Spatial partitioning in the use of structural woody habitat supports the cohabitation of two cod species in a large lowland river

Jason Lieschke, Jarod P. Lyon, P Moloney, Simon Nicol

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    Many freshwater fish worldwide have been shown to use Structural Woody Habitat (SWH) for a variety of reasons. The mid reaches of the Murray River, a large lowland river in south-eastern Australia, was surveyed by boat electrofishing, to investigate the use of SWH type (hollows, rootmass and solids), SWH distance to bank (near bank, intermediate to bank and mid-channel) and the interaction between SWH type and distance to bank. The study found that Murray cod catch per unit effort (CPUE) increased in near-bank areas when hollows were a component of the SWH. The CPUE of trout cod was higher when hollows were present. However, the interactions between distance to bank and hollow SWH were complex and dependent on presence or absence of rootmass. The species-specific interactions between SWH microhabitat and distance to bank found within this study has important relevance for stream managers. The common practice of realigning SWH favours Murray cod over trout cod, which could have negative consequences for the endangered trout cod. More broadly, managers may need to consider a balance of SWH type and where it is placed in the river for the species they are targeting when rehabilitating rivers via the introduction of SWH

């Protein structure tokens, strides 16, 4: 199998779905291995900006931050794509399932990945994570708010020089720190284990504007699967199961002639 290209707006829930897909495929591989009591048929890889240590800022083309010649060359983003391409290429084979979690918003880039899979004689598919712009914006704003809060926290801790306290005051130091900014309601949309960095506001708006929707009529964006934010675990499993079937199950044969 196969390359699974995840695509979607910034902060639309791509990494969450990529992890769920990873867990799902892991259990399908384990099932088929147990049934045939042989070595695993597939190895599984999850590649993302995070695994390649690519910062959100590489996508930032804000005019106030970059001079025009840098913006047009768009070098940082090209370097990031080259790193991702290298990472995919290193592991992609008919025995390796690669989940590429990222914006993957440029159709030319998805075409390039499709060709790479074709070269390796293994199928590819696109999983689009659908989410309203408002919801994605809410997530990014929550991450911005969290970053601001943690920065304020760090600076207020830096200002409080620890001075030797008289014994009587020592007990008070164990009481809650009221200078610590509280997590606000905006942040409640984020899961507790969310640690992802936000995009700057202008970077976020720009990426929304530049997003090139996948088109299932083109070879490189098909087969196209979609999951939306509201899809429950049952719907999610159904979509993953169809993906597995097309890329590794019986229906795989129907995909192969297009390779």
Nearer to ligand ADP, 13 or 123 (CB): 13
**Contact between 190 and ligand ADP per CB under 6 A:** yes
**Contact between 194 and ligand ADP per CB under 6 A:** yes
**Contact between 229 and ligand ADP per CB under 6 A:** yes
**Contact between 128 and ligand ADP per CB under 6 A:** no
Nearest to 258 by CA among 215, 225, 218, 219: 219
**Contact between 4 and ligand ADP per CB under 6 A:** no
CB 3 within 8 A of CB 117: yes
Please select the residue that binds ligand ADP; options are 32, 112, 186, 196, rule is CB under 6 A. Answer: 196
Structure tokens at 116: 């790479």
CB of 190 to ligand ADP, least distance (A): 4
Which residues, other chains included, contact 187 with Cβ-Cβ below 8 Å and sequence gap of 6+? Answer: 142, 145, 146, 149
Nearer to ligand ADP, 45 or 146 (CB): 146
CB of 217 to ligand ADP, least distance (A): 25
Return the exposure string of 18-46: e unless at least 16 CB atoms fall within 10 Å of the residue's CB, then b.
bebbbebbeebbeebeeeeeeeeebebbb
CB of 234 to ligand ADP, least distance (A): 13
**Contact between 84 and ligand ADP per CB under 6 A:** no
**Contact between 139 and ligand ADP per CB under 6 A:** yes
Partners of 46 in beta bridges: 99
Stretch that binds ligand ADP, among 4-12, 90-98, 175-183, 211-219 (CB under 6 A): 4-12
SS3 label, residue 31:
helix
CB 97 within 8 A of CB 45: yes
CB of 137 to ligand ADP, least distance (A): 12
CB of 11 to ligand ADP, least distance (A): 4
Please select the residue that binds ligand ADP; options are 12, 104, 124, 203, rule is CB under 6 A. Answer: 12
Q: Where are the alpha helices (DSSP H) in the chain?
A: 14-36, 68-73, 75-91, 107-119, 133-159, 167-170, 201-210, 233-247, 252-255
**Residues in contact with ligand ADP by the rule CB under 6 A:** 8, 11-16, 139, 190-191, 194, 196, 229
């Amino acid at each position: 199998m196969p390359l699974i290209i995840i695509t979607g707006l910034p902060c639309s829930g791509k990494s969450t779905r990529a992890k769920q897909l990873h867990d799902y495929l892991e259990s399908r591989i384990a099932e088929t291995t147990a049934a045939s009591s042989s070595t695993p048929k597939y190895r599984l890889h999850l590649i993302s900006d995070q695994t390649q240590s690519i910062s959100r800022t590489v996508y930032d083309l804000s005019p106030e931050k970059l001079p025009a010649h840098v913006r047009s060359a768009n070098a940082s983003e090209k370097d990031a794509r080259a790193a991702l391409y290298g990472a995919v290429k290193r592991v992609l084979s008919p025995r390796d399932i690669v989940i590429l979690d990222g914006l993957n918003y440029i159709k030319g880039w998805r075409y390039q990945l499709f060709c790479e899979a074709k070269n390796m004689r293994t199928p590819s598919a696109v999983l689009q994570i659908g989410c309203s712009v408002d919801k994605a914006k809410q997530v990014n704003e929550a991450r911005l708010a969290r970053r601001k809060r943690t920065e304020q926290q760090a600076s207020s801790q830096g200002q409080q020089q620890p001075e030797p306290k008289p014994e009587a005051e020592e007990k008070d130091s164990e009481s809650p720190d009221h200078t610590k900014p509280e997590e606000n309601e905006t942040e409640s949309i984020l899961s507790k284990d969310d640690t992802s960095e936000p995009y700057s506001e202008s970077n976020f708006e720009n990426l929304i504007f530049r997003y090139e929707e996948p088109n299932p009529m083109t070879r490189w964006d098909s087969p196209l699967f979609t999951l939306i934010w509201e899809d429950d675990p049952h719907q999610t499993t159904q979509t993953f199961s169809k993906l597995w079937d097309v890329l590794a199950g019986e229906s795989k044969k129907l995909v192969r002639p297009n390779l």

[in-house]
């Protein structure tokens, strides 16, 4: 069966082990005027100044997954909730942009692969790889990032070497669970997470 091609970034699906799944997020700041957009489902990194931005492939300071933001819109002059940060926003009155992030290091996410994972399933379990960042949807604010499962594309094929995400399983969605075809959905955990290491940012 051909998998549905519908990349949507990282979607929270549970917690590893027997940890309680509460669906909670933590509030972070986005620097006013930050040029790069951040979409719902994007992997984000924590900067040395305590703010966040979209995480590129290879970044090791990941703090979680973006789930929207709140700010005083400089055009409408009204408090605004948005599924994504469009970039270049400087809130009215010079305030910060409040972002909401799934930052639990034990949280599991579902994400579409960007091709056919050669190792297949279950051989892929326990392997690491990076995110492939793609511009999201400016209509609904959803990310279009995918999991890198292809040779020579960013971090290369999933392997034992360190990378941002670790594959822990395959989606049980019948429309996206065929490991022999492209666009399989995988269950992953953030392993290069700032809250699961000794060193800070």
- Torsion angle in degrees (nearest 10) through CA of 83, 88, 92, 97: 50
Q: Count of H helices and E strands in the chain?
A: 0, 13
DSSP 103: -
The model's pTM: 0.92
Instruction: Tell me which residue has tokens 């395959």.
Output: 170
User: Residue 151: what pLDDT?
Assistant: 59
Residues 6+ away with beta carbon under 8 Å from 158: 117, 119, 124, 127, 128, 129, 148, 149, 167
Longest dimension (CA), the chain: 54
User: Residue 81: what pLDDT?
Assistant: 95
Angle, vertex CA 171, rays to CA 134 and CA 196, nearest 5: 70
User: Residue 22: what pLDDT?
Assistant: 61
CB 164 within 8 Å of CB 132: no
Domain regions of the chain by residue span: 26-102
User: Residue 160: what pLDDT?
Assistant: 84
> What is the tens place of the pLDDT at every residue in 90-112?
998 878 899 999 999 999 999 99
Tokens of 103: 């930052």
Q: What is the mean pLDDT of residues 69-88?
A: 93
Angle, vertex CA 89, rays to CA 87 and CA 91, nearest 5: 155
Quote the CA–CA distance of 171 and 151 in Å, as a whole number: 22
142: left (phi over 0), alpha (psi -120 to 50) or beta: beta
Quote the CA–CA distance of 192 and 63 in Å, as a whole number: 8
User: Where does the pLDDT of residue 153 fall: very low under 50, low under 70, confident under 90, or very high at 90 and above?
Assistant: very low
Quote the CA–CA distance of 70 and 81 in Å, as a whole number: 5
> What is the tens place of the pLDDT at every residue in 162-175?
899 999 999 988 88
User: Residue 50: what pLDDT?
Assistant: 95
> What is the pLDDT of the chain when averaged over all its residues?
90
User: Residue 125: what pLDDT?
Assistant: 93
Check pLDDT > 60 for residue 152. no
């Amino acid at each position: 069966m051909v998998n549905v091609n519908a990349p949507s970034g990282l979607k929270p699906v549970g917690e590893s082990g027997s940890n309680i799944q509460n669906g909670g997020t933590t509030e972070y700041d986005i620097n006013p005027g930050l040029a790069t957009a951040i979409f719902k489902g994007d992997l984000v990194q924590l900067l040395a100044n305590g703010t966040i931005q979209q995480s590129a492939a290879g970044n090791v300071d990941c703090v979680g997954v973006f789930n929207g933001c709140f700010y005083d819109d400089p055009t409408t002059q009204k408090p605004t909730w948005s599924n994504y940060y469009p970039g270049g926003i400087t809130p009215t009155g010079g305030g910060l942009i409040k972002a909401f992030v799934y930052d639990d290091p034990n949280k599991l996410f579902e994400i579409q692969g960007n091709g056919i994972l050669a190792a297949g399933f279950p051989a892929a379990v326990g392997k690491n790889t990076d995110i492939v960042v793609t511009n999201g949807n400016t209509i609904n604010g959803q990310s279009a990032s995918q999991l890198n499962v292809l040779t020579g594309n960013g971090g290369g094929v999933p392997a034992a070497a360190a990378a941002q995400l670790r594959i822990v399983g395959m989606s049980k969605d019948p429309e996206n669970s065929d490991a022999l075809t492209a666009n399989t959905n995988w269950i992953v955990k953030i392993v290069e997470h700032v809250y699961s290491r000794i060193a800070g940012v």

Original languageEnglish
    Pages (from-to)1835-1843
    Number of pages9
    JournalMarine and Freshwater Research
    Publication statusPublished - 2016


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